Nearly 15 years ago, Australia joined the ranks of nations around the world that have approved genetically modified crops for cultivation. Yet, because of public concerns and trade worries, a nationwide adoption of GMO canola has been hindered by a variety of moratoriums enacted by state governments.
As a result, the nation has lost hundreds of millions of dollars in economic benefits, while losing a chance to cut herbicide use and greenhouse gas emissions related to the application of herbicides.
The local moratorium movement started in 2004 and lasted until 2008 in Victoria and New South Wales and 2010 in Western Australia, the three largest canola producing states. Moratoriums remain in place in the other canola growing states despite recommendations of removal from independent observers. Here, I will take a closer look at the impact of the decisions that have postponed a widescale GM crop adoption.
In financial terms, the yield increases from GM canola, compared to non-GM, resulted in the loss of over 1 million metric tons of production. Farmers received a lower per hectare profit, calculated through the contribution margin, resulting in over $431 million (AUD$485 million) of lost economic benefits.
The delayed adoption also resulted in significant environmental impacts. GM canola uses less herbicide per hectare than conventional canola. Delayed adoption resulted in 6.5 million kg (14.3 million pounds) of herbicide active ingredient applied, increasing the environmental impact by 14.3 percent. Additionally, there were more than 7 million needless machinery passes, burning 8.7 million litres (2.3 million gallons) of diesel fuel and releasing 24,200 metric tons of greenhouse gas (GHG) emissions.
Given these results, I will explore the evolution of Australian policy and compare it to the handling of GMO crops in Canada.
Canada embraces science, while Australia worries about trade
Canada was at the forefront of GM crop adoption with the approval of two herbicide tolerant GM canola varieties in 1995 under a scientific evidence-based framework within existing governmental departments. Monsanto’s glyphosate-tolerant Roundup Ready and Bayer’s glufosinate-tolerant LibertyLink were assessed for risk to humans, animals and the environment prior to approval and found to be equivalent to existing canola varieties. The herbicide tolerance allows farmers to spray their canola fields with Roundup or Liberty, improving weed control without damaging the canola plants.
After approval of these two new GM canola varieties in Canada, there were trade concerns related to Japan and Europe, where GM canola varieties were still being evaluated. As a result, the canola industry came together and established a self-imposed system of segregation until Japan’s approval in 1996. After Japan approved GM canola, the segregation system ended as Europe was not a key export market. Having an approach developed by the canola industry rather than the government, resulted in no large trade impacts; Canada continues to be the world’s largest canola exporter with approximately 60-70 percent of the global export market, in spite of the fact that 95 percent of canola produced in Canada is GM.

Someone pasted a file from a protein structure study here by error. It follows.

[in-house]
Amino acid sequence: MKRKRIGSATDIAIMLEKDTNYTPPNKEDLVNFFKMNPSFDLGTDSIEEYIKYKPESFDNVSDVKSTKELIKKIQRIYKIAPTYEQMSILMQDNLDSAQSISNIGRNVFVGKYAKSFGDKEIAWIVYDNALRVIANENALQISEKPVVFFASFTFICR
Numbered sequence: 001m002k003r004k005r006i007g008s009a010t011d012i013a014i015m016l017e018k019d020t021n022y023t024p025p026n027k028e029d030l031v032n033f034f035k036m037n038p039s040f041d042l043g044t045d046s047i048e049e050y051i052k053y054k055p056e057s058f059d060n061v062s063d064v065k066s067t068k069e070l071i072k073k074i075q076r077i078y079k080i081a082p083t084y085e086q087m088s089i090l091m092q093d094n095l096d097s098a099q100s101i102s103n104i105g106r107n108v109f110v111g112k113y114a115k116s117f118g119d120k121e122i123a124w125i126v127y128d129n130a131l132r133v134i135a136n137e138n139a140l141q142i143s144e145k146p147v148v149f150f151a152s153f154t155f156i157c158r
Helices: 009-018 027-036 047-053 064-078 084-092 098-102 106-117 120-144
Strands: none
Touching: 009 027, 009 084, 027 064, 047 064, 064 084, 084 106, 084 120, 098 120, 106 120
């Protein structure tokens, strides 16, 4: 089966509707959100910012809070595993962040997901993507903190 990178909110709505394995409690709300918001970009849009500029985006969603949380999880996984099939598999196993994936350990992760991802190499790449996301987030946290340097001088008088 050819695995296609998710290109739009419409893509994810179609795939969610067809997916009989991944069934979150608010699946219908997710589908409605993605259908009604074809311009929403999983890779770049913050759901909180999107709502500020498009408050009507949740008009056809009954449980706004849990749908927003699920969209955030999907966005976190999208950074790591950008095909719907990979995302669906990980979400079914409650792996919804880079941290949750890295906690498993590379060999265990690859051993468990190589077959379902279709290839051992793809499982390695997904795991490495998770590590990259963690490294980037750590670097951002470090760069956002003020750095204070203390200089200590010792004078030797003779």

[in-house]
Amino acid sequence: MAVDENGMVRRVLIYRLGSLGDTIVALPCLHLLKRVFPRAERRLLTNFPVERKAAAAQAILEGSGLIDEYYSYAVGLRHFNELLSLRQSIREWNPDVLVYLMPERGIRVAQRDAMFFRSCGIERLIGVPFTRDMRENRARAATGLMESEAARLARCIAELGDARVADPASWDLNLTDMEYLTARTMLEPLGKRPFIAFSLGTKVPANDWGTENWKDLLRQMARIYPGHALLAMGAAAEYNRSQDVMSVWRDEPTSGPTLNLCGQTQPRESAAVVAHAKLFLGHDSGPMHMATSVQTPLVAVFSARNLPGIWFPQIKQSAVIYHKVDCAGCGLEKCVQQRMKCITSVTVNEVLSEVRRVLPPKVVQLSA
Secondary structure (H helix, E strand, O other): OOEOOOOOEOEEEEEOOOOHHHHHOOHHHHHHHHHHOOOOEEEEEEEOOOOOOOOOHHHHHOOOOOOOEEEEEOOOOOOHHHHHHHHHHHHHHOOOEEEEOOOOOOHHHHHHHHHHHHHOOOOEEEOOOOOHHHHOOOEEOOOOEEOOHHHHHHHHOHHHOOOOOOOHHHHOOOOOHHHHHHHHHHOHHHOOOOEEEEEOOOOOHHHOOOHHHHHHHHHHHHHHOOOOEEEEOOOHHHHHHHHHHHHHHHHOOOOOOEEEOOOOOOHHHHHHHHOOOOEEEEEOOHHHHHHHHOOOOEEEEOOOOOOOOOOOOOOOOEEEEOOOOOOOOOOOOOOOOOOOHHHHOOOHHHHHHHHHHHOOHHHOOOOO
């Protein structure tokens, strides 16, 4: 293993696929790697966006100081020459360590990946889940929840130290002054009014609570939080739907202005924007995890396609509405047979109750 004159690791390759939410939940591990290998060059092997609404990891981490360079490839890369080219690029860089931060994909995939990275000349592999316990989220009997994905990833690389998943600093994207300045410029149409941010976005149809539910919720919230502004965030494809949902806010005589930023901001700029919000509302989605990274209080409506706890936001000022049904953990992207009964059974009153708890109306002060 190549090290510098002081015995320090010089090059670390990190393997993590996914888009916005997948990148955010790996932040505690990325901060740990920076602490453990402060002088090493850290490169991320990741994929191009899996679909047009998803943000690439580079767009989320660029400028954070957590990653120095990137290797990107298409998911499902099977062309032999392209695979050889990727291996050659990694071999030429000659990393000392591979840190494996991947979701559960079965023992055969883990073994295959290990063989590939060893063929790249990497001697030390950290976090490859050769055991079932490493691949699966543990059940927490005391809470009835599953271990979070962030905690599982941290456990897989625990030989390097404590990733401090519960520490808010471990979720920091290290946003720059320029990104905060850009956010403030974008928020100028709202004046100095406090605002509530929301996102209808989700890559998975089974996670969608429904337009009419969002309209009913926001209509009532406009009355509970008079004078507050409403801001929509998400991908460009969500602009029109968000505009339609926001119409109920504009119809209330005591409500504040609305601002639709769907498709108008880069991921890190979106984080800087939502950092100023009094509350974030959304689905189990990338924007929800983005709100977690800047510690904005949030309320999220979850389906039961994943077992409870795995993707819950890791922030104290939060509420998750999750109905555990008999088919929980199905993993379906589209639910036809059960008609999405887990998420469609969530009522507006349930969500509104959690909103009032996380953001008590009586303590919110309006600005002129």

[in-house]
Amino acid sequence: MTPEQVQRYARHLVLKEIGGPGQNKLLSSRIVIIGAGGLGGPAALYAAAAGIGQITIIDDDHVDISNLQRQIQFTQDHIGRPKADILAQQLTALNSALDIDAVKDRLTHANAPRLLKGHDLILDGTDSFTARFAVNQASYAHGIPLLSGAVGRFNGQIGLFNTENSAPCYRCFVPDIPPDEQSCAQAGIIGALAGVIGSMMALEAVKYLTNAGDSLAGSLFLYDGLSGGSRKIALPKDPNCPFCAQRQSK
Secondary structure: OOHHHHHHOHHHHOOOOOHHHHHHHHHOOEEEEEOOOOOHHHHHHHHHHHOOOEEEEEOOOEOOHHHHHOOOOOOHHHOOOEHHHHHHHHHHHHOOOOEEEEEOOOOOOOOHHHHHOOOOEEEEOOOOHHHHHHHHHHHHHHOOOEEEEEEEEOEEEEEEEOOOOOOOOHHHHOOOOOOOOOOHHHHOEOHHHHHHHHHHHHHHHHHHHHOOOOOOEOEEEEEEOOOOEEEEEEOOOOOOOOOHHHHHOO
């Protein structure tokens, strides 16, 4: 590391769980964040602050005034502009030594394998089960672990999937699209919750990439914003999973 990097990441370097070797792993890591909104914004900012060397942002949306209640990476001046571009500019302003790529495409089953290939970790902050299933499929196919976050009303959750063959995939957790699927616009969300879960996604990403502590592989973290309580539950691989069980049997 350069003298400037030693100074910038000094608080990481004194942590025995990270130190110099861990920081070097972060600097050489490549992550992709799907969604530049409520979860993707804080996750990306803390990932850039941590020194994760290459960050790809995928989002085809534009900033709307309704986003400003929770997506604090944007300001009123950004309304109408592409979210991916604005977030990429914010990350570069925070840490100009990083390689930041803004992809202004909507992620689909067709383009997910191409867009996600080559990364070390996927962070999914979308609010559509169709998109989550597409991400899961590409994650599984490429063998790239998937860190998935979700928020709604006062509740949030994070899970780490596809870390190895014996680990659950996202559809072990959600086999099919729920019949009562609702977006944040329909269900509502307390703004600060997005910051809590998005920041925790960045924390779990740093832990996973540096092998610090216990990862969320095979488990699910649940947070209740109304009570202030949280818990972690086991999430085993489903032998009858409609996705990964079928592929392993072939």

Australia took a substantially different approach to GM canola regulation and adoption. After evaluating regulatory systems in other countries, Australia decided in 2000 to establish a new office dedicated to evaluating gene technology — the Office of the Gene Technology Regulator (OGTR). As in Canada, the OGTR evaluates new GM varieties based on scientific-evidence to protect the safety of people and the environment. Approval of the same two herbicide tolerant canola varieties, Monsanto’s Roundup Ready and Bayer’s InVigor, came in 2003 after a three-year risk assessment and risk management evaluation.
The response from the grains industry in Australia, which was less cohesive than the Canadian industry, was to lobby the governments to impose a moratorium due to possible trade impacts from the adoption of GM canola. The Australian canola industry believed that a market for non-GM canola oil would develop. That, however, never happened, thanks largely to China’s decision to approve the importation of GM canola and the fact that Europe produces enough non-GM rapeseed to meet its needs.
Australia’s GM opponents pushed for a three-year moratorium, arguing that it would allow sufficient time to determine the potential global demand for non-GM canola. This resulted in an amendment to the GM regulation in 2004, allowing Australian state governments to impose moratoriums on “ethical issues relating to dealings with GMOs”. Phillip Glyde, the Executive Director of the Australian Bureau of Agricultural and Resource Economics and Sciences, commented that:
[T]he development and adoption of genetically modified (GM) food crops in Australia are being slowed by perceptions of consumer resistance to GM foods in both Australia’s domestic and export markets. The view that there could be market disadvantages with GM food crops has led to moratoriums being imposed on the commercial cultivation of GM canola…. This is despite positive assessments by the Gene Technology Regulator of the safety of two varieties of GM canola, for human consumption and the environment [emphasis added]. (Foster and French, 2007)
Allowing government policy to be affected by the grains industry’s worry of trade impacts, not based on issues of health and safety to humans and the environment, is one example of a socio-economic consideration being incorporated into policy. This is largely the only difference between the Canadian and Australian policy on GM canola.